Welcome to Query Of The Week
Welcome to this week’s Query Of The Week. Each week our technical team respond to a huge number of client queries and in this segment, we share with you the most common questions that keep coming up time and time again.
In this week’s Query Of The Week, John Murphy discusses what the key considerations are when buying and selling a business, where he covers the general process as well as some key points to keep in mind to make the sale or acquisition as simple as possible.
Buying and Selling a Business
If this Query Of The Week was of interest to you, you will also be interested in our Buying and Selling a Business online CPD course.
Full details for this online CPD Course can be found here:
|CPD Allocation||1 Hour|
|Fee||€25 (or 1 CPD Club point)|
|Presenter||John Murphy – OmniPro|
Query Of The Week – Video Transcript
(Please note that this is a direct unedited transcript of the spoken word as recorded on the video)
Hello and welcome to this week’s query of the week.
A couple of weeks ago, a client came to us and said they’d been thinking about selling their business and they wanted to get an idea of the steps to take to test the market. If the results were satisfactory, they would proceed from there. The key thing with anybody starting a business is that first of all you need to make sure that the client knows that when they sell, they’re out of the business, and that’s it. Some people just need to be advised of the fact that sold is sold. So, make sure that is what they want.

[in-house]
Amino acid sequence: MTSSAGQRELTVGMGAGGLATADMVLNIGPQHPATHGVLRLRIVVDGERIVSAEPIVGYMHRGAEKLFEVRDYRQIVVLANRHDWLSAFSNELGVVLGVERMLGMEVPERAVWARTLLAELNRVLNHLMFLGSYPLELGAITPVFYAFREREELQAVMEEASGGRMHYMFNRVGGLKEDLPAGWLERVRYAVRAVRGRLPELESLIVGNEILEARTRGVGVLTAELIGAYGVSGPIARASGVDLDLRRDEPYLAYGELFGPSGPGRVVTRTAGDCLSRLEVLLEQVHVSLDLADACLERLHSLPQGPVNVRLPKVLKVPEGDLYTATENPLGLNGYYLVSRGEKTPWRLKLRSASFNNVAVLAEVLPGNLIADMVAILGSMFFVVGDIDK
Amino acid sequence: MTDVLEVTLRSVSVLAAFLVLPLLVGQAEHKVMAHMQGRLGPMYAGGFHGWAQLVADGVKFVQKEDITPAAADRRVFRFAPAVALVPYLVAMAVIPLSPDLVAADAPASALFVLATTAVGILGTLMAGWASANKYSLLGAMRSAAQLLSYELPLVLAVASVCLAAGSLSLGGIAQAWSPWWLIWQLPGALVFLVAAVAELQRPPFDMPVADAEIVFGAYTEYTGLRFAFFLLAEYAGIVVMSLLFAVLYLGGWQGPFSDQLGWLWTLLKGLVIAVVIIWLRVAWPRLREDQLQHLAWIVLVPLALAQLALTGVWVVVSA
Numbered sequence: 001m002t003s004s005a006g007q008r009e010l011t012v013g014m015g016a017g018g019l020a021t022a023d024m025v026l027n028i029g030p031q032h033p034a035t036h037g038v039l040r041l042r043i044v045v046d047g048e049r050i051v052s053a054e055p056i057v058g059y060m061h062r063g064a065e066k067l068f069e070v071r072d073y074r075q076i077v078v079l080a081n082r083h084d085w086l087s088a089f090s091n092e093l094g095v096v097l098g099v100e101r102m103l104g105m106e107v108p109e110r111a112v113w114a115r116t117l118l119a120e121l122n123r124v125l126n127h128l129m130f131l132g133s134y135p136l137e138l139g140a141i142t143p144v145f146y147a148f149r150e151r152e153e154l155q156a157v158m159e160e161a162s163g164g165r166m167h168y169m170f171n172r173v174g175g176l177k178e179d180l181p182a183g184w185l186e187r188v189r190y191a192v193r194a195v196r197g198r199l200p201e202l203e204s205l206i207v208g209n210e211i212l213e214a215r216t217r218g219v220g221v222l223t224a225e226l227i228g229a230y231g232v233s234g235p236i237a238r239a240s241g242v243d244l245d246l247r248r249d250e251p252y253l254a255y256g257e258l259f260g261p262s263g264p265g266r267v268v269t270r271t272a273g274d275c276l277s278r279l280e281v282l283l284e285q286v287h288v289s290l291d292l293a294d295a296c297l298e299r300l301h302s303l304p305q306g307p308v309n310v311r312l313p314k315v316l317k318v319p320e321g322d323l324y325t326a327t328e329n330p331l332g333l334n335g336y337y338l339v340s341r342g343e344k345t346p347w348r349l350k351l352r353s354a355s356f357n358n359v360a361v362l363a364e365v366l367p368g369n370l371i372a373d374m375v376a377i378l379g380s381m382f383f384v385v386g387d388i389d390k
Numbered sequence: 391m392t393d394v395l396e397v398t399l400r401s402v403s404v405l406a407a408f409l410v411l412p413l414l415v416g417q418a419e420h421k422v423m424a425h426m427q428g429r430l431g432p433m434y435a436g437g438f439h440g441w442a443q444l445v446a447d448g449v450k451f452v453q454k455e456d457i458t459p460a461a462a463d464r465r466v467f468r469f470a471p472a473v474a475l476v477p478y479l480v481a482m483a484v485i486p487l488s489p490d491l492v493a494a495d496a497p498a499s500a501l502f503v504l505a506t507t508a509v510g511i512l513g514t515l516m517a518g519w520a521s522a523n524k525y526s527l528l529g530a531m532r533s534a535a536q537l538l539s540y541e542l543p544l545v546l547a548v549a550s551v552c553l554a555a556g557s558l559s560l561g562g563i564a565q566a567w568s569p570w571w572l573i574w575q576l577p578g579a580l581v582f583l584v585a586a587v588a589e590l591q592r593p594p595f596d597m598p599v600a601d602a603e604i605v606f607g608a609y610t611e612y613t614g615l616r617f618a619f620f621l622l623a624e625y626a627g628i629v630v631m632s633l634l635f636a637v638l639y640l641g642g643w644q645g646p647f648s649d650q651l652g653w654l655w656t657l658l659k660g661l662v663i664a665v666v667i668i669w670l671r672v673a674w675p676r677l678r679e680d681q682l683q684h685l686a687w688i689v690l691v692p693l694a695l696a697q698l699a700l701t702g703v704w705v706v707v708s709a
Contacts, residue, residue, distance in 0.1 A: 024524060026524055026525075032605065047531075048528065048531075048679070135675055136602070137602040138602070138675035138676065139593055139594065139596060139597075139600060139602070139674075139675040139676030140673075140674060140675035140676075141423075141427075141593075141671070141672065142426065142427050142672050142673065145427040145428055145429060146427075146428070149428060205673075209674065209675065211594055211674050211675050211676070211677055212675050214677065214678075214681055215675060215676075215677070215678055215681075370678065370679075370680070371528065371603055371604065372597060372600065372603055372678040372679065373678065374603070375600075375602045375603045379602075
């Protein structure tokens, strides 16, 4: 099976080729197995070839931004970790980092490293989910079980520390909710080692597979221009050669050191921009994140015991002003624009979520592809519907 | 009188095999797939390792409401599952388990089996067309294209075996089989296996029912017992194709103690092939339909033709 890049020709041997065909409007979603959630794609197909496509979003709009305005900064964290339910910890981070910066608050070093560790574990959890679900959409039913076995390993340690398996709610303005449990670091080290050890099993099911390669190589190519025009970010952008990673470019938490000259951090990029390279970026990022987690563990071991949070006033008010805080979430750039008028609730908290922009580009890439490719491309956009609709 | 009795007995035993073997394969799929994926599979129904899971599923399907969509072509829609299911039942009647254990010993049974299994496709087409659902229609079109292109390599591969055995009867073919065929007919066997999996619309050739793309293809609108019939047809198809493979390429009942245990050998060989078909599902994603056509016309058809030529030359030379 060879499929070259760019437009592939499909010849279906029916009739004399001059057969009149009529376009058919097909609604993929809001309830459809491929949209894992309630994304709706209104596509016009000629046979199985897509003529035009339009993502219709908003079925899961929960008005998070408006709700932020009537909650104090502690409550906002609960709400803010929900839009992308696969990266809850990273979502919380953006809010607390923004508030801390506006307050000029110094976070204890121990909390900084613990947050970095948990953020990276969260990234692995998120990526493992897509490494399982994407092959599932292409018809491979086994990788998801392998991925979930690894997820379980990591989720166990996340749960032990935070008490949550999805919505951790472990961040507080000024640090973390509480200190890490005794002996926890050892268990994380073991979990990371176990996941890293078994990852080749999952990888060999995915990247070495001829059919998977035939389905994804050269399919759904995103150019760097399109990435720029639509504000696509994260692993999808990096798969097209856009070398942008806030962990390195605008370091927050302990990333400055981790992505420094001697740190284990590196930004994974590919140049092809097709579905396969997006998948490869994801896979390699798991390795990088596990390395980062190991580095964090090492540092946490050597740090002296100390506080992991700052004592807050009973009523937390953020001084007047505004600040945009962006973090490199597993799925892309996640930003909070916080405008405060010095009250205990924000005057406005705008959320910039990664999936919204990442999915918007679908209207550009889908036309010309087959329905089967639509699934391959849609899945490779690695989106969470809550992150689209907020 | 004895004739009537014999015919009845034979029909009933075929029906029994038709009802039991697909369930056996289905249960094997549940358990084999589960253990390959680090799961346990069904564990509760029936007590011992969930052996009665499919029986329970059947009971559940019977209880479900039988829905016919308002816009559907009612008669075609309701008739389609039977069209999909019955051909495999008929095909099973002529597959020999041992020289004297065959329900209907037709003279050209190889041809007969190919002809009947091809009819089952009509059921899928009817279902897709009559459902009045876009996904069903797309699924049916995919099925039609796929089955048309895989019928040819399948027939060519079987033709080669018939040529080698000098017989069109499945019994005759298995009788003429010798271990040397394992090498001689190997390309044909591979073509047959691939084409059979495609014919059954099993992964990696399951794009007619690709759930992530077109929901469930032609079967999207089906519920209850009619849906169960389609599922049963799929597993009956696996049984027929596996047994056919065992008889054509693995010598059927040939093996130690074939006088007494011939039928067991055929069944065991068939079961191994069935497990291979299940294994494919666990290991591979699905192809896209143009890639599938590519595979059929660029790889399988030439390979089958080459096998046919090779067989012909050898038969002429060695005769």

Before that process, we would discuss, and decide, on the potential purchasers. In this particular case, they had a prospective purchaser in mind. This potential purchaser had acquired similar businesses in the area. This then made the process easier in that they had a preferred purchaser from the get-go.
The next stage was that they wanted our idea of the value of the business. Obviously, a Valuation would have to be carried out. But as I always say to a client, a valuation is a valuation. This is what we say it’s worth. But, it’s only worth what the purchaser is willing to pay. In that particular example, I suggested a high-level valuation which would give an idea of where we believe the value is, and you can have that as an average. However, the key thing would be what the potential purchaser wants to pay.
The next part of the process was to determine what was lying in the company that the purchaser wouldn’t want. In this example, there were various investment properties that the purchaser wouldn’t be interested in because they just want the business. So, what I advised in that particular case was to transfer out the business into a new company owned by them. It maintains all the release of transfer of undertaking. It maintains all the release from, you know, CGT return, CGT return, relief, employer relief. All those releases (the ownership periods & directorship periods) were well maintained because they all transfer over to the new company. And then, you know, that made it more attractive for potential purchasers to buy a newer company with assets belonging only to the business. The old, non-trade assets were left in the other business.